After meeting his Chinese colleague in early 2008, German Foreign Minister Frank-Walter Steinmeier stressed that “Germany’s One China Policy includes: Tibet and Taiwan are part of the Chinese territory.”
Die Bundesregierung hält wie alle Vorgängerregierungen an der Ein-China-Politik fest. Sie beinhaltet die Zugehörigkeit Tibets wie auch Taiwans zum chinesischen Territorium.
Wikileaks publications later revealed that this statement was something the Chinese had specifically asked for in order to mend Sino-German relations after German Chancellor Merkel had received the Dalai Lama in her office.
You can read the whole story in my German blog entry: Wie Deutschlands Regierung vor China gekuscht und eine Demokratie verraten hat
The status quo is constantly changing
Looking through this official country code list, you will notice some interesting changes over the times that, maybe, reflect changes in the German government’s attitude towards Taiwan.
- before 1989: China (Taiwan), citizenship 465, country 465
- 1989 to September 2011: Taiwan, citizenship 465, country 465
- September 2011 to 2014: Taiwan, citizenship 479, country 479
- from January 2014: Taiwan, nationality Chinese (Taipei), citizenship 465, country: blank
So from a Taiwanese POV you could say: The current situation is “better” than before 2014, but not quite as “good” as it used to be for a long time before 2011.
I don’t know what caused that change in 2011, and some sources were not able to tell me either. According to Taiwanese media reports, Taipei’s diplomats protested against this decision. Maybe Germany’s Foreign Office had to deal with pressure from China? However, it has largely been reversed.
Bureaucracy moves slowly
So why did they nevertheless tell the Taiwanese intern, in 2014, to use 479? The reason seems to be Germany’s byzantine bureaucracy. When there are changes, it does not mean they are immediately applied everywhere.
German social security, in particular, is a highly complex system of its own and not a direct part of the government apparatus.
I contacted the National Association of Statutory Health Insurance Funds (GKV-Spitzenverband), an organization that you probably never needed to know about. After getting in touch with the person in charge of country codes in social security, I learned that the publications of the Statistical Office are binding for them.
However, first there have to be careful deliberations and decisionmaking. And that takes time.
For example, as you see above, Taiwan lost its 465 code in September 2011. Those changes were only deliberated by the GKV-Spitzenverband on March 6, 2013 and went into effect on December 1, 2013.
Bad luck that the codes were changed again one month later.
When will the social security system react?
This is the reply I got:
Aufgrund der Tatsache, dass das Statistische Bundesamt die Übersicht zur Staats- und Gebietssystematik für das Gebiet Taiwan bereits zum 1. Januar 2014 angepasst hat, hatten wir uns bereits mit dem Federführer der Anlage 8 zum gemeinsamen Rundschreiben „Gemeinsames Meldeverfahren zur Kranken-, Pflege-, Renten- und Arbeitslosenversicherung“, der Bundesagentur für Arbeit, in Verbindung gesetzt und vereinbart, dass in der nächsten Besprechung der Spitzenorganisationen der Sozialversicherung zu Fragen des gemeinsamen Meldeverfahrens die vorgenannte Anlage angepasst wird. Zukünftig werden auch in der Sozialversicherung der Länderschlüssel „465“ und das Länderkennzeichen „TWN“ für Personen aus dem Gebiet Taiwan verwendet.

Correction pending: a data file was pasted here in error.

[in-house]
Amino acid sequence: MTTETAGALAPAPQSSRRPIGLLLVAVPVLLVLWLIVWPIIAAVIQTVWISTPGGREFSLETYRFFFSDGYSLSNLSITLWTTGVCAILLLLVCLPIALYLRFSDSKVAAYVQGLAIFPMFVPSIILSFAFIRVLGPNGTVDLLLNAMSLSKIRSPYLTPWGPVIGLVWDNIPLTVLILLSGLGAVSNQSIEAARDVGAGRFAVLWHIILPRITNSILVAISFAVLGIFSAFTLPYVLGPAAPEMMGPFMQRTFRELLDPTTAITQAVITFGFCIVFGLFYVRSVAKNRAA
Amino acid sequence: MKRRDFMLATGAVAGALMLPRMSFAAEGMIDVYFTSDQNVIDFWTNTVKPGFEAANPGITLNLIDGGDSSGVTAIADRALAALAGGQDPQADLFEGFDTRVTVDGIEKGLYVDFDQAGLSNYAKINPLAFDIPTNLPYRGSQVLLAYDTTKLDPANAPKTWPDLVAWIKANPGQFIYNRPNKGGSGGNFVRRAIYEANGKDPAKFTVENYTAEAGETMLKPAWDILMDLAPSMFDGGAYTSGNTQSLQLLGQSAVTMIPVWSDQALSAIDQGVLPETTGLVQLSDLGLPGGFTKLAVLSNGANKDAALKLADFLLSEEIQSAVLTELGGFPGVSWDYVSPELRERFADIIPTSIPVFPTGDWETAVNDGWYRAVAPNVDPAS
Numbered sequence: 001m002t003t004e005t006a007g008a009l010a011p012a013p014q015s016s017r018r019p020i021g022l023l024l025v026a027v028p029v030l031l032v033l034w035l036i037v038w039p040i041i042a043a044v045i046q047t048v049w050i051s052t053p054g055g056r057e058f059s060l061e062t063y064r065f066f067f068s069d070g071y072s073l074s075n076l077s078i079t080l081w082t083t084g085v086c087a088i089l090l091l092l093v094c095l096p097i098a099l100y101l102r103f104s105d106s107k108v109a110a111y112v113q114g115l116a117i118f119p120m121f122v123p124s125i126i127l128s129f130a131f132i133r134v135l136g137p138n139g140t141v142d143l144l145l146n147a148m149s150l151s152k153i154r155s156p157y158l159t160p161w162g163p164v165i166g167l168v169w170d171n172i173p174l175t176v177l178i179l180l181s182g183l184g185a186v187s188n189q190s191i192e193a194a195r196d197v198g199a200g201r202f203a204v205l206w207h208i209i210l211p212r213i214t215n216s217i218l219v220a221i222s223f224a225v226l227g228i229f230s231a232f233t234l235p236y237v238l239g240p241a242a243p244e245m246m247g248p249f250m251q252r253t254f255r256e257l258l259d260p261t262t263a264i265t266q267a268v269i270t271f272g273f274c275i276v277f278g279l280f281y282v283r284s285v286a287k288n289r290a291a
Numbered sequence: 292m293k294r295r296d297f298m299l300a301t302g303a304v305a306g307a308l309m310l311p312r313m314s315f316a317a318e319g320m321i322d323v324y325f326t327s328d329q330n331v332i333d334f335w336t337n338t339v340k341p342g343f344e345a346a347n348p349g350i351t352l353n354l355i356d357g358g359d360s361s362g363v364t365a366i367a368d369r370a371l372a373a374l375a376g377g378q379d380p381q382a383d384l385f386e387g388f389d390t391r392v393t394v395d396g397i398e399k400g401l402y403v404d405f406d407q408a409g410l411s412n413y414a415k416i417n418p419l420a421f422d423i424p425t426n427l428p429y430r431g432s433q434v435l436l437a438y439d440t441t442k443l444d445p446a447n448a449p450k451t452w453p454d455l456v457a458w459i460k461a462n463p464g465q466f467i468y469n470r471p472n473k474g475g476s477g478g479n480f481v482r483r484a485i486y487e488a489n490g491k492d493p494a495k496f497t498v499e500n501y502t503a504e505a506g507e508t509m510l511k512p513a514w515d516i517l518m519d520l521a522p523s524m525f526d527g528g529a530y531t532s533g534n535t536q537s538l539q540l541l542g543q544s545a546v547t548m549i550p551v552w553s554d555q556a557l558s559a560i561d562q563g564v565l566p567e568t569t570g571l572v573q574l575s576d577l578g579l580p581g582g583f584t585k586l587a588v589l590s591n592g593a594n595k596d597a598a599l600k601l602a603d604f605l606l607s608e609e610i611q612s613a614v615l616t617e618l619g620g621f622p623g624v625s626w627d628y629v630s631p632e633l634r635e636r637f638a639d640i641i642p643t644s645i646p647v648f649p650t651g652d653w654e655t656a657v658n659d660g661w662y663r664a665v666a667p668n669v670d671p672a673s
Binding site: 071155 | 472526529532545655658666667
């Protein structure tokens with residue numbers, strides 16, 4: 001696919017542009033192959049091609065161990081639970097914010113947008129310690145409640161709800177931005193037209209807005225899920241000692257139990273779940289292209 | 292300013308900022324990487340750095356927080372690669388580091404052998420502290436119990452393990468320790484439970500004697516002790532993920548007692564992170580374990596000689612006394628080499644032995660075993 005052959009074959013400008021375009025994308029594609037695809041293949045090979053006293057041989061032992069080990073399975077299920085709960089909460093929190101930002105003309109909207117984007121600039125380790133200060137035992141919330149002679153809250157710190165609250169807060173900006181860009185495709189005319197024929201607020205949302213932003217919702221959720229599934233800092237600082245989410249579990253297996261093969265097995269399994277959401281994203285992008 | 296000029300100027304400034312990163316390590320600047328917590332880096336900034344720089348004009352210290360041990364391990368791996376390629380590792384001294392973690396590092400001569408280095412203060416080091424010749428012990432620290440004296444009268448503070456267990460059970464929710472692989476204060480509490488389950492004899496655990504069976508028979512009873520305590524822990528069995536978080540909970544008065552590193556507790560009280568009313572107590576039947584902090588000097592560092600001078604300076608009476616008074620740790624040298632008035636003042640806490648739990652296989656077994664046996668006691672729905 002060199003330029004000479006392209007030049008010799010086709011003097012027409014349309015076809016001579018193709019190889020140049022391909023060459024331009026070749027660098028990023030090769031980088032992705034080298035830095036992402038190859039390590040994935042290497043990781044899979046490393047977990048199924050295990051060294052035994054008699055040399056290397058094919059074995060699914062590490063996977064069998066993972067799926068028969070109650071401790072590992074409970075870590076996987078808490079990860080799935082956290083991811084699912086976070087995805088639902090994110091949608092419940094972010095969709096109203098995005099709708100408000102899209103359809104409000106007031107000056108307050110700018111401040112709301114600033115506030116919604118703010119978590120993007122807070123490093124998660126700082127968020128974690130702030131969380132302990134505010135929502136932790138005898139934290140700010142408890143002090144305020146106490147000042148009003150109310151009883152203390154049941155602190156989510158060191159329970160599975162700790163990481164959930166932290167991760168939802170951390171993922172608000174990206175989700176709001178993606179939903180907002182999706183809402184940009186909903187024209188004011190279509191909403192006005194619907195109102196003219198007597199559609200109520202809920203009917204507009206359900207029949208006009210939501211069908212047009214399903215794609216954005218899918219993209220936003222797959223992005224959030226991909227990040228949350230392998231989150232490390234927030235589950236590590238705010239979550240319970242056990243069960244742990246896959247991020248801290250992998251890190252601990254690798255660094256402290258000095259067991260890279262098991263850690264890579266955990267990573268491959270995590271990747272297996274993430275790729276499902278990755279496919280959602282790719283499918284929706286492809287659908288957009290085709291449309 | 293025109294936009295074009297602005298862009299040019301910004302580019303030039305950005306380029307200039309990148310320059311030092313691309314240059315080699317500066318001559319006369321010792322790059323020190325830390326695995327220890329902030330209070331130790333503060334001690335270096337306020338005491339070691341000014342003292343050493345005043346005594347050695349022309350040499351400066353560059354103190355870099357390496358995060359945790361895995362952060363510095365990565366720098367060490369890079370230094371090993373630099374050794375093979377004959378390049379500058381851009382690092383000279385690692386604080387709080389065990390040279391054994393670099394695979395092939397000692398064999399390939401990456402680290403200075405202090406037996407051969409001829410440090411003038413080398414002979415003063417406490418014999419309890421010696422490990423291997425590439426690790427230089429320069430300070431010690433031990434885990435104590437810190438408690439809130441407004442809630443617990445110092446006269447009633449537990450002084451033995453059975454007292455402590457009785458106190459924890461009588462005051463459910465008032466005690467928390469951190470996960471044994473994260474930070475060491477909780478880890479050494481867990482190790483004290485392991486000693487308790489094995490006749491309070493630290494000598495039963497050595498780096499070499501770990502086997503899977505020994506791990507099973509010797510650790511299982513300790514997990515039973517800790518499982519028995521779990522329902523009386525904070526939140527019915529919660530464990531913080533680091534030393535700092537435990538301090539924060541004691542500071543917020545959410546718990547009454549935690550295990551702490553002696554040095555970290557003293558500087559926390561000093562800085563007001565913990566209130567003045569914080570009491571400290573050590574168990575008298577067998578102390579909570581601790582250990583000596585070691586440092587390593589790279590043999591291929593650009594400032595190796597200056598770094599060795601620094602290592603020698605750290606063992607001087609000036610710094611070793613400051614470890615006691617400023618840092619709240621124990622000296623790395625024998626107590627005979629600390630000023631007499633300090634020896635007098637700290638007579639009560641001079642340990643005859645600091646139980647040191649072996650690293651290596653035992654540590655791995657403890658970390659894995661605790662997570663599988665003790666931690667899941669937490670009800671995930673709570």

Bis zu einer Klarstellung gelten allerdings die Ausführungen der aktuellen Anlage 8.
This basically means:
We realize there have been new changes, we will adhere to them, but only after we have had time to sit down and discuss stuff like this with other agencies. As soon as that happens, Taiwanese can use 465 again when filling out our forms. But until then, the old rules still apply.”
What about reality?
In fact, the personnel on the ground often seem to be clueless about what regulations apply. And they can hardly be blamed. So if you are a Taiwanese in Germany, it often depends on who you run into and how much you insist.
It’s also important to know that other branches of bureaucracy (wedding registrations, visa offices…) may handle things differently, because they are part of another system.
In the thread on my Facebook page, you’ll find a few illuminating comments like these:
When we got married, we had lots of trouble in Germany with the correct citizenship of my Taiwanese wife. Based on their database there was only the option Chinese as citizenship. But we insisted that this is not correct and after some discussion we found some solution.
Here comes a report from Munich. I have asked the KVR which is in charge of Aufenthalt in Munich, to revise my nationality from CHN to TWN as ISO-3166 code. Today, 21.08.2014, the BEV-code of Taiwan (465) exists in their system. So I got my ISO-3166 code as TWN.
End of story
So this is it. No big conspiracy against Taiwan, just a slow-moving bureaucracy with convulted decisionmaking processes.
Oh by the way: Taiwan never had the country code 475, as the original PTT posting implied. That’s for Syria.
What are your experiences with Taiwan and bureaucracy abroad? Please leave a comment!
English posts you might want to have a look at: